To Restroom or Not to Restroom

Usually when I’m out and about, I’ll need to use the restroom.

This is not a big thing. Usually everyone needs to use the restroom when they are out, especially if he or she has been out for a few hours.

When I’m out in the community at an establishment and must go, my first thought is, I wonder what kind of roadblock I’m going to come against to navigate a restroom.

Do you have this thought? Probably not because navigating the restroom is just a mere thought for most, especially if you don’t have a physical disability. Unfortunately, me and many of my friends don’t have that luxury when it comes to restroom accessibility.

By me using my cute little red scooter for mobility purposes, I’m always thinking how to make my trip to the restroom a mission possible. Although, I know there’s an American With Disabilities code book establishments must go by when it come to making restrooms accessible, I still think of other things that has to do with accessibility and aren’t on the list. Most of these accessible “things” are just common sense.

A few things that get under my skin when it comes to restroom accessibility are when the accessible stall door only swings one way. If I’m by myself, it’s hard for me to open a restroom door by pulling, trying to hold it, and maneuver my scooter before it closes.

Although I can maneuver the restroom on my own, my favorite sister will go with me sometimes to make my life easier. When this happens, we usually have purses and many bags, especially if we’ve been shopping. A small narrow stall makes life difficult for people who need assistance.

I love babies as much as the next person, but would it be too difficult to ask if you could stow the baby table back up when you’re finished changing those stinky diapers. The table is usually in an accessible stall and if not stowed away properly it will make it hard for me to maneuver.

Why does most toilet paper dispensers have to be so low. It’s kind of hard to reach when it’s low. Plus, if a roll is out and I must pull the level to release another roll, it’s almost impossible if the dispenser is too low.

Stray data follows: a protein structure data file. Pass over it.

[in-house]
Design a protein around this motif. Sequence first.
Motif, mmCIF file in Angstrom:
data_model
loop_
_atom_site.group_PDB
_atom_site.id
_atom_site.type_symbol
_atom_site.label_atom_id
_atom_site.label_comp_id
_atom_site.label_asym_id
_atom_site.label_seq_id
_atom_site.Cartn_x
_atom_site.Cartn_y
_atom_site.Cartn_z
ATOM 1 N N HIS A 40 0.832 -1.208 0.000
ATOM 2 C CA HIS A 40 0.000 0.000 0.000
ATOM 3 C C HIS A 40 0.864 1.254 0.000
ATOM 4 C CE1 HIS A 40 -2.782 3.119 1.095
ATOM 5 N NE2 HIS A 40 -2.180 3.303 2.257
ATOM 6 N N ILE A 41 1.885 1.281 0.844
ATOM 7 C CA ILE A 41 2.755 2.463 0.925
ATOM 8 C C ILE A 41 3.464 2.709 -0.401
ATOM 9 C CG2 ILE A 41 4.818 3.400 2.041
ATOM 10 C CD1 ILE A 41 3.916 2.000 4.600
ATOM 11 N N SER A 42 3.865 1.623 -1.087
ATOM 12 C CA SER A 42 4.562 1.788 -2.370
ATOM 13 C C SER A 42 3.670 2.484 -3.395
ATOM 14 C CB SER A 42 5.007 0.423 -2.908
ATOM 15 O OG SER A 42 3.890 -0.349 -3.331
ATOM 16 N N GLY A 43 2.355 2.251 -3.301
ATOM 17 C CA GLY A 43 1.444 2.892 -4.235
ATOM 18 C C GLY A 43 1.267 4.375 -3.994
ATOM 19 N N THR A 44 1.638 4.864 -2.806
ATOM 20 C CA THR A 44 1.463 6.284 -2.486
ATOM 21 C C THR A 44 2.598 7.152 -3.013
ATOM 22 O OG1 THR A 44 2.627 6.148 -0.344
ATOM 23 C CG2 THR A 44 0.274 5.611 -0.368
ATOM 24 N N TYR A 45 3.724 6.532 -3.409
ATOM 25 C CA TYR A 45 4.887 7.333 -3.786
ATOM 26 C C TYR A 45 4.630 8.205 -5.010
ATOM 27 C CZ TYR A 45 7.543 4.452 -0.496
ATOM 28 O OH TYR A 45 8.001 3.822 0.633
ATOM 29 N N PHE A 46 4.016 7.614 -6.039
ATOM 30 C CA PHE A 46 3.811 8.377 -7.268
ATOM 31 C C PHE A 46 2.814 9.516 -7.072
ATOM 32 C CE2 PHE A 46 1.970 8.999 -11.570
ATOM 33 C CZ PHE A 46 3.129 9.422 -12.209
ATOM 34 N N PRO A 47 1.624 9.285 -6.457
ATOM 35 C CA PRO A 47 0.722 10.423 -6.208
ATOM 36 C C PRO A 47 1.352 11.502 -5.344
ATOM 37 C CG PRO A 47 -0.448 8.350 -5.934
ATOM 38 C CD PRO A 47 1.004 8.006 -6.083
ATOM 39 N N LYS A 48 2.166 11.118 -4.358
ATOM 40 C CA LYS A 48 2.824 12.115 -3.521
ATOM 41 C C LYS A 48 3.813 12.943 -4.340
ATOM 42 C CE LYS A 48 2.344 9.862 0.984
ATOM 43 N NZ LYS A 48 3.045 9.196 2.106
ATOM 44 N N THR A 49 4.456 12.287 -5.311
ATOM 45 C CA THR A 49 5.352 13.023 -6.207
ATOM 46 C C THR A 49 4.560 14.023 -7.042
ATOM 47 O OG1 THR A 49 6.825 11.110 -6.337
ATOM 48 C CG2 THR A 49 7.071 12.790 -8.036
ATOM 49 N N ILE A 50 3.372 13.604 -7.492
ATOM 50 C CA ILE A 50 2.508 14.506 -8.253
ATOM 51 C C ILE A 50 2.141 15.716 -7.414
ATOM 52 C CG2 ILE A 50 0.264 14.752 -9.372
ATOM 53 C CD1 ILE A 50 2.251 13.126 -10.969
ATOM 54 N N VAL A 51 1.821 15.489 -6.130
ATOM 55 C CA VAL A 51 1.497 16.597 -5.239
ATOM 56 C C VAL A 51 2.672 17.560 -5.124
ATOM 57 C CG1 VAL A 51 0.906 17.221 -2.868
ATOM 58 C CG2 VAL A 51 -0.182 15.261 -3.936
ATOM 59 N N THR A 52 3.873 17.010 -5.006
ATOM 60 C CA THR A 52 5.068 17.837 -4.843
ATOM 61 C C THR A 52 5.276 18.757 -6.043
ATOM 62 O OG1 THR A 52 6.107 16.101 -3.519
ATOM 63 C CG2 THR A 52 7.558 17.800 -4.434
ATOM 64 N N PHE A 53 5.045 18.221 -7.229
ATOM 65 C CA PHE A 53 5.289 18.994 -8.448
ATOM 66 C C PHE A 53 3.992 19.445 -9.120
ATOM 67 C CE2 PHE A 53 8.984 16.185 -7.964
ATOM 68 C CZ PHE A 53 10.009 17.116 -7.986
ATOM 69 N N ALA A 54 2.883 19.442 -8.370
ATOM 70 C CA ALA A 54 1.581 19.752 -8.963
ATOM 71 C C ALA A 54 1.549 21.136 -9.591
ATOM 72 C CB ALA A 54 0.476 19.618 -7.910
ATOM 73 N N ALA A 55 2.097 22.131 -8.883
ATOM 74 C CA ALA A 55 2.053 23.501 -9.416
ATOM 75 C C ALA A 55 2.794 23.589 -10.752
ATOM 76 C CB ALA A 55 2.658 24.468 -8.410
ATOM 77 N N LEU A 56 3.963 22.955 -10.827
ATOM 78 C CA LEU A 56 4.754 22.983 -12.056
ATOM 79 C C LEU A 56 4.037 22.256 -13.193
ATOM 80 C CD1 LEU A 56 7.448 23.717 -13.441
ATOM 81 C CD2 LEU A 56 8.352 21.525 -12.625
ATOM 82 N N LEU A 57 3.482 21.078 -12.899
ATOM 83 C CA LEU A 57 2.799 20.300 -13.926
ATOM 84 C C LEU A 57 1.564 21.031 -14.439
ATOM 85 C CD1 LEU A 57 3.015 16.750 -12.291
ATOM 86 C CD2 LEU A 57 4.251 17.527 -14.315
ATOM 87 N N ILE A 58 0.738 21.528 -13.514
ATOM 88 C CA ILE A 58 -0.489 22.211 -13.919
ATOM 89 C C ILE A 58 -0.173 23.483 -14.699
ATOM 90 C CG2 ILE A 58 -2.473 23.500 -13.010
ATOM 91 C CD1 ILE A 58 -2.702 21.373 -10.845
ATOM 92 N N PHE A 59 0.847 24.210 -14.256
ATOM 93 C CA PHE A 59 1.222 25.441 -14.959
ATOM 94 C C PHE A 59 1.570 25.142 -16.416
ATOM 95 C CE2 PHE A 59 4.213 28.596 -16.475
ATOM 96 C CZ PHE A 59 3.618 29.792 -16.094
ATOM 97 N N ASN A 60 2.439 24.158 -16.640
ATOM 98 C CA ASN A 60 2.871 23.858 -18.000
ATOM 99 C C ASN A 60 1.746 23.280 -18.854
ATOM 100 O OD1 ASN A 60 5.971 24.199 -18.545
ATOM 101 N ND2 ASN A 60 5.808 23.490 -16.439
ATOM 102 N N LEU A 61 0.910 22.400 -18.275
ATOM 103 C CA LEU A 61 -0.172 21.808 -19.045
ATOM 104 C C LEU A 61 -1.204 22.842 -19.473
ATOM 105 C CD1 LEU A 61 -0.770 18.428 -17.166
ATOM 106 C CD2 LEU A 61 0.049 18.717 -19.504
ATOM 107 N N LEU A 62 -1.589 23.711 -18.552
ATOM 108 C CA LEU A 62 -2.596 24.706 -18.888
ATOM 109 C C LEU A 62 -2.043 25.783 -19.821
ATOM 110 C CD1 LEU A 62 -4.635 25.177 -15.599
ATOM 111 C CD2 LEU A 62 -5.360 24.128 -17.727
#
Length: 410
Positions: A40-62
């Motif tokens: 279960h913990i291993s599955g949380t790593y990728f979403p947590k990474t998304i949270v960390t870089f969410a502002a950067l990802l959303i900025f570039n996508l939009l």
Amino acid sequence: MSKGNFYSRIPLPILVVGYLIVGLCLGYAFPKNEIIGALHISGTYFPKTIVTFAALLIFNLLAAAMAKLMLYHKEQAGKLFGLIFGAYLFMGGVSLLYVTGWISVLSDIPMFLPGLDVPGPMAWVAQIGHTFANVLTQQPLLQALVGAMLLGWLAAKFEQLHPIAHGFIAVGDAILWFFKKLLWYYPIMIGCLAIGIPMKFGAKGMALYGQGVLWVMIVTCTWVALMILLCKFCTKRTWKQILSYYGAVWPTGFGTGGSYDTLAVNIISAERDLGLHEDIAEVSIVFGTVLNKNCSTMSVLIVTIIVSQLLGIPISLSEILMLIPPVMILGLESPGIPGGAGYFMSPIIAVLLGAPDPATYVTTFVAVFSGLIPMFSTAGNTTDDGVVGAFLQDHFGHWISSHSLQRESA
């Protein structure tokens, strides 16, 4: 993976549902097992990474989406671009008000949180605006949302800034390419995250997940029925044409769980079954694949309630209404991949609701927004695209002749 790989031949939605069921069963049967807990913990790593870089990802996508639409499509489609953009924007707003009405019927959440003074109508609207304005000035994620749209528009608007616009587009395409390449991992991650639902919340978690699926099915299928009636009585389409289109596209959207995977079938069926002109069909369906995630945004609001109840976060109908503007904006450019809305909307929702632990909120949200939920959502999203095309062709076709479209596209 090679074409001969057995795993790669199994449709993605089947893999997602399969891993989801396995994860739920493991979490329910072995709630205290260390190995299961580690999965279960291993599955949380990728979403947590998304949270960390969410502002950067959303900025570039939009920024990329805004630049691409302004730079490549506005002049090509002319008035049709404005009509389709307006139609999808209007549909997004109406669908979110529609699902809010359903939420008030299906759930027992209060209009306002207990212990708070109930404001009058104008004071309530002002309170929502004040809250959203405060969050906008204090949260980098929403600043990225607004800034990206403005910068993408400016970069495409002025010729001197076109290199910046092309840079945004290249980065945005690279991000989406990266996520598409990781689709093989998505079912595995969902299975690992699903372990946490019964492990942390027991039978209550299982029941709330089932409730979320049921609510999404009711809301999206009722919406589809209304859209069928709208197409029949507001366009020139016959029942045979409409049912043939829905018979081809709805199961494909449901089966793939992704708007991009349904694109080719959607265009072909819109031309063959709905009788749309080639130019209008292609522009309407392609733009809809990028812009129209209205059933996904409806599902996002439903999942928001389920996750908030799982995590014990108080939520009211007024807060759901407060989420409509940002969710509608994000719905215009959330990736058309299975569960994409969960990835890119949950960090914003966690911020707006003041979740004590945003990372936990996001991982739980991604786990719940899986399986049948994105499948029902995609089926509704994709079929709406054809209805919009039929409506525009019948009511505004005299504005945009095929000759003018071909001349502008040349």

The sink in the stall is ok if the stall is huge. It makes it convenient but it’s a pain if it’s in the wrong place not allowing me to maneuver my scooter.

Washing my hands is a must but faucets that you must hold the button down to dispense the water are a pain. Soap dispensers that one must pump are difficult and paper towel dispenser that one has to pump are also a pain.

Finally, if your restroom has a door, why isn’t there an automatic door button? For some, it’s impossible to get in or out without it.

These are my restroom dilemmas. Although, I’m not generally a complainer, I occasionally need to vent. Today is one of those days. For the establishments that go above and beyond to make sure their restrooms are accessible, I want to say, thank you. For others that don’t, I want to say a lot more, but I can’t on this post because this is my work blog, so I’ll just say, get it together!

5 comments on “To Restroom or Not to Restroom

  1. Mary Pfeil on

    Hello Shari!

    Your last line made me laugh! All week I had been wondering what you were going to say about frustrations with restrooms. Recently, I used a public restroom at a local hotel in which the stall door was wide enough to enter with my wheelchair, however, the door could not be closed as there was not additional length to the entry so wheelchair could clear the door so it would close. The ADA has specifics about restroom stalls and other features, but it seems like architects pick and choose the standards to follow in making a restroom stall accessible.

    A benefit of the pandemic has been the use of hand sanitizer. I use this instead of washing at public sinks. It is far easier than using soap and towel dispensers. Towel dispensers are often across the room from the sink which complicates driving a power wheelchair with wet hands over to the dispenser. It works much better when the dispensers are next to the sink. Furthermore, if I have observed the towels being across from the sink, it is smart to get the towels before approaching the sink to wash. Okay, now I will get off my soapbox. As always, thank you for sharing your insight about the difficulties of living with a physical disability.

    • Shari Cooper on

      Hey Mary Ellen!
      Thanks for sharing your frustration with the public restroom dilemmas.

      I so love your observations, shared experiences, and helpful tips that I’ll be using.
      Thanks for being a great friend and advocate!

  2. Vanessa Moore on

    This is a great article and so true trying to navigate the restrooms! I always see all establishments through the eyes of my friends and see what doesn’t work. I did recently have to threaten calling the ADA to make change to a local entertainment centers accessibility.
    I also love the last line, keeping it professional on the work blog 🤭


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